There are shedloads of books out there about how to write. How to write a screenplay, how to write a bestseller, how to write a novel, how to write a children’s book, etc.
There are countless more blogs out there on writing, of which this one is just the equivalent of a tiny grain of sand on a vast beach.
But there is one book, which is widely accepted as the definitive work on the subject. Over the years, so many people have advised me to read it, recommended it, mentioned it – but I’ve never read it.
At least until recently, when I stumbled upon a copy of it during a recent undercover trip to check out the competition at Waterstones. I always make a point of looking for two books whenever I’m in a bookstore – The Uncle’s Story by Witi Ihimaera (my all-time favourite book, and I want a spare copy, just in case) – and On Writing.
Being a great believer in fate, that having kept my eyes open for it for various year, when I saw it, I bought it – even if it was from the enemy. Even the cashier said to me that it was extremely popular, and that usually when they got a copy it sold straight away.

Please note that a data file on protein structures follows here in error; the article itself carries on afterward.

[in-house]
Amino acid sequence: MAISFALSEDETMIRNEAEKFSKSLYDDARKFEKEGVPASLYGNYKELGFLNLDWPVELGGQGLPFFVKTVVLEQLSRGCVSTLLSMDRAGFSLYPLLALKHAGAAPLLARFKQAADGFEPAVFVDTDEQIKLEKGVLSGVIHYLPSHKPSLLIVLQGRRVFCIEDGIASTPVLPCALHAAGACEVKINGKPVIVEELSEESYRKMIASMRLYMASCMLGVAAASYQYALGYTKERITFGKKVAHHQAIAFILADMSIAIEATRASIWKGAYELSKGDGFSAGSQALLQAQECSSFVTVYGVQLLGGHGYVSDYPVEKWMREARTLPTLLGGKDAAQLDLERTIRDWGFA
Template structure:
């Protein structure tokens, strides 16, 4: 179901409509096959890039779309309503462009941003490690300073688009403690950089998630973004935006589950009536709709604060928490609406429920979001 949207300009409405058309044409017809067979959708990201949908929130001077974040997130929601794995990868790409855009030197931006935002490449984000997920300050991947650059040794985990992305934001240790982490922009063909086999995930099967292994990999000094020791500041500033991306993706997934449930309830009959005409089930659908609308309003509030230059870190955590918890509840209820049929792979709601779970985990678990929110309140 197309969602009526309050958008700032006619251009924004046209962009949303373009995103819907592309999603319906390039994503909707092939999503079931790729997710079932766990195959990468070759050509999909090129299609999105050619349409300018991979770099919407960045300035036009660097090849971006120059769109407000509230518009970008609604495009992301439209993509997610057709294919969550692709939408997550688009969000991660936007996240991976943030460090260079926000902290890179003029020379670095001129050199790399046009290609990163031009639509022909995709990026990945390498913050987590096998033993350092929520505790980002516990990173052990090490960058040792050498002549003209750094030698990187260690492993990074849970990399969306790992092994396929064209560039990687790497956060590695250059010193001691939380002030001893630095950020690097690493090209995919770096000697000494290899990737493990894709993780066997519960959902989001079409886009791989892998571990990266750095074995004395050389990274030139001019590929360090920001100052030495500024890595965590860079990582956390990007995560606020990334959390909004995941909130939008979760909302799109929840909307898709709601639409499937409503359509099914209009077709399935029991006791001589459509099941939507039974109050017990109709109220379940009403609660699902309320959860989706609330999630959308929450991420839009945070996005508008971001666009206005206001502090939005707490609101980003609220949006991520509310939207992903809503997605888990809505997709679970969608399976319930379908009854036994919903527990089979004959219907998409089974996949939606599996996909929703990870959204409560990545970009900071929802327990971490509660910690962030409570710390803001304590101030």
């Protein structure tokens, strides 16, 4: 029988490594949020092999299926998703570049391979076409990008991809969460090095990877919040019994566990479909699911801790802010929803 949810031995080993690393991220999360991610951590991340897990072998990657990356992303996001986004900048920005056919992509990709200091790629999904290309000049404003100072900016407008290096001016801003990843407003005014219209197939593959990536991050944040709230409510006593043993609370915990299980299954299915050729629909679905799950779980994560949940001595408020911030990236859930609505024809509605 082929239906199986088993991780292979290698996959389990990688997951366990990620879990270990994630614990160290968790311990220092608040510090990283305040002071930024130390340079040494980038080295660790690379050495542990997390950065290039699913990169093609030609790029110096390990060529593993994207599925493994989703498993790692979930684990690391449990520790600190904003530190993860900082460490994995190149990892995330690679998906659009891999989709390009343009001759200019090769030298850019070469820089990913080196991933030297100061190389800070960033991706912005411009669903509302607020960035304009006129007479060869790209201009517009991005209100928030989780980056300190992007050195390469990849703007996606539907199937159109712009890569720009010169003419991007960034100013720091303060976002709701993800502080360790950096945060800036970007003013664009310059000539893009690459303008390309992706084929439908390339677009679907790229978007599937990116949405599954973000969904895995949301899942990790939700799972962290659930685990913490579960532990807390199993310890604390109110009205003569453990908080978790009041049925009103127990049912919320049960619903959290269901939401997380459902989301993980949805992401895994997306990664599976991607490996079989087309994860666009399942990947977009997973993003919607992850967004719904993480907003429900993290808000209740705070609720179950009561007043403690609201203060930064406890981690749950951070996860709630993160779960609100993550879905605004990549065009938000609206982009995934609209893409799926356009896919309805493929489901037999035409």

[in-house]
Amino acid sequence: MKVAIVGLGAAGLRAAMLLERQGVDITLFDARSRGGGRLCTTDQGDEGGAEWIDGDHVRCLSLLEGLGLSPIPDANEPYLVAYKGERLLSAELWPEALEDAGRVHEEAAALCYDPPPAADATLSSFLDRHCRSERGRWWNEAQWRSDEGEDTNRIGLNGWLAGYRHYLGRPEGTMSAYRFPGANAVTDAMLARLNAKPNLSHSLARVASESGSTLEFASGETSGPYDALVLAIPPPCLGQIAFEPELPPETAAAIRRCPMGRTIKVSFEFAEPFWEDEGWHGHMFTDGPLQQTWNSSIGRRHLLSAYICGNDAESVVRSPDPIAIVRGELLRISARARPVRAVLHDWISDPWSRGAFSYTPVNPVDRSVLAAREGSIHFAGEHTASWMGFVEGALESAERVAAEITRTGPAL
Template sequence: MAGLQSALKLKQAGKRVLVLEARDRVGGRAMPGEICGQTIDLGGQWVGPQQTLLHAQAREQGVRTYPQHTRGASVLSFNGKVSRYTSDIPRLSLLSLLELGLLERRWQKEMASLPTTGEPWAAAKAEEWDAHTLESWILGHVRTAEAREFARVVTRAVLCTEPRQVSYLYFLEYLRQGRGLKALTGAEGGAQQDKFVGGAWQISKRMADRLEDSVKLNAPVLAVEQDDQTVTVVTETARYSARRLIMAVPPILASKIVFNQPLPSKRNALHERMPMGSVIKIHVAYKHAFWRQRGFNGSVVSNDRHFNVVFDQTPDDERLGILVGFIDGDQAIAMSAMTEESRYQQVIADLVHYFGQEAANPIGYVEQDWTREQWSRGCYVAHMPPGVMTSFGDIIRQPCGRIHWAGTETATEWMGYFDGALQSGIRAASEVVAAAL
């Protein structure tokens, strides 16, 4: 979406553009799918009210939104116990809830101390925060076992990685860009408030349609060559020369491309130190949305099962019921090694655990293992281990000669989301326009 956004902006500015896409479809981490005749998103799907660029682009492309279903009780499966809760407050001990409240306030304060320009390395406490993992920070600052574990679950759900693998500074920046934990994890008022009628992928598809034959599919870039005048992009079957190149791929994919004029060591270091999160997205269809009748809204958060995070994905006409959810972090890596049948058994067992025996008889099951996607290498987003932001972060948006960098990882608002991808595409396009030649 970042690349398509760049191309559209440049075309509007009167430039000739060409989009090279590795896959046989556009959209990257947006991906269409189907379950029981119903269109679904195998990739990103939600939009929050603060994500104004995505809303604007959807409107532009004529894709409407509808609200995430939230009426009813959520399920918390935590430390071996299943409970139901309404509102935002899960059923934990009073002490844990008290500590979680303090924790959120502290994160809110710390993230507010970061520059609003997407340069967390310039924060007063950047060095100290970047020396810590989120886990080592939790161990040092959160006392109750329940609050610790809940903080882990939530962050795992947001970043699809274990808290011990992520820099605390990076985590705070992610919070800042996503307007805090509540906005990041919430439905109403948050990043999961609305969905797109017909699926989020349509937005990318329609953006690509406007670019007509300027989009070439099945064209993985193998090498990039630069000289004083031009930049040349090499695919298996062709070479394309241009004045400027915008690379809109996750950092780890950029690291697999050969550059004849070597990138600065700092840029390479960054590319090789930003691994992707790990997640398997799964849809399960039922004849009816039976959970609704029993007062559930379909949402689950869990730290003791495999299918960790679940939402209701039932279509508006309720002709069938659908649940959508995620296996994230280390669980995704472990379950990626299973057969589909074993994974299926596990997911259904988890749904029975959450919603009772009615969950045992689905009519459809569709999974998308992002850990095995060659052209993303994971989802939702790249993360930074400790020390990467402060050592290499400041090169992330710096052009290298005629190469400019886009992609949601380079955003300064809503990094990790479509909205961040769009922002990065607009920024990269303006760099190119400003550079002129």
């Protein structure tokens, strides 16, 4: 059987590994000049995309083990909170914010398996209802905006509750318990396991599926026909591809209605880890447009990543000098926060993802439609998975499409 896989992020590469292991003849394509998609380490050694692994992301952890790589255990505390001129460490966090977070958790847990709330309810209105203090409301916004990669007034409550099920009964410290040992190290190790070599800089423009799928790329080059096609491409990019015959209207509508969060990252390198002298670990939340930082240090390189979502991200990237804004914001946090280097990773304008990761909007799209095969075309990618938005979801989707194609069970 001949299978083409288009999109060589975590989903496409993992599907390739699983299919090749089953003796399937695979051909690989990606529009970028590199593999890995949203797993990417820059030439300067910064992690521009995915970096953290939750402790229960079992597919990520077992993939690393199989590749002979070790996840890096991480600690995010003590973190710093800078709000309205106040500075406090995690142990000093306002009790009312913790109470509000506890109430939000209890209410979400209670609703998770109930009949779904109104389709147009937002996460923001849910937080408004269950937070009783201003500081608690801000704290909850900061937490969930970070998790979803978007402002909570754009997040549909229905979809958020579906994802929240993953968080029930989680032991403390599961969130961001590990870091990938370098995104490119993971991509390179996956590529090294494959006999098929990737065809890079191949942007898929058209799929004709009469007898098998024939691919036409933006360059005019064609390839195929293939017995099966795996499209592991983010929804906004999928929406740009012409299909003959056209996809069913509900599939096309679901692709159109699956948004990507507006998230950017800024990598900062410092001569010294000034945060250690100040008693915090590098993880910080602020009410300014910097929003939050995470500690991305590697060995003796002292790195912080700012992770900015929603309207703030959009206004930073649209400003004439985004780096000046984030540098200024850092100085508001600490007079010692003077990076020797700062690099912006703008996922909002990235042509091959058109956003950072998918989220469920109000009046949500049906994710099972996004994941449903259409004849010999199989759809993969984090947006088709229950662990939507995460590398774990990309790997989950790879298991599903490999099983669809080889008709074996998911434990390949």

The book is partly an autobiography – ‘this is how I did it, and this is how I do it’ – but it works for it, because there is no one way to be a writer.
There were some bits that I was completely amazed by – the bit where he talked about a book being like a fossil in the ground and all you had to do was find it, completely matches my own comparison when I talk about writing – and some bits that I was annoyed by.
Ultimately, though, Stephen King On Writing is the only book on writing you’ll ever need, because it reaffirms that you don’t learn to write fiction by reading a how-to guide.
You learn to write fiction by reading fiction, and by writing fiction.
I suppose I’d best get on with it.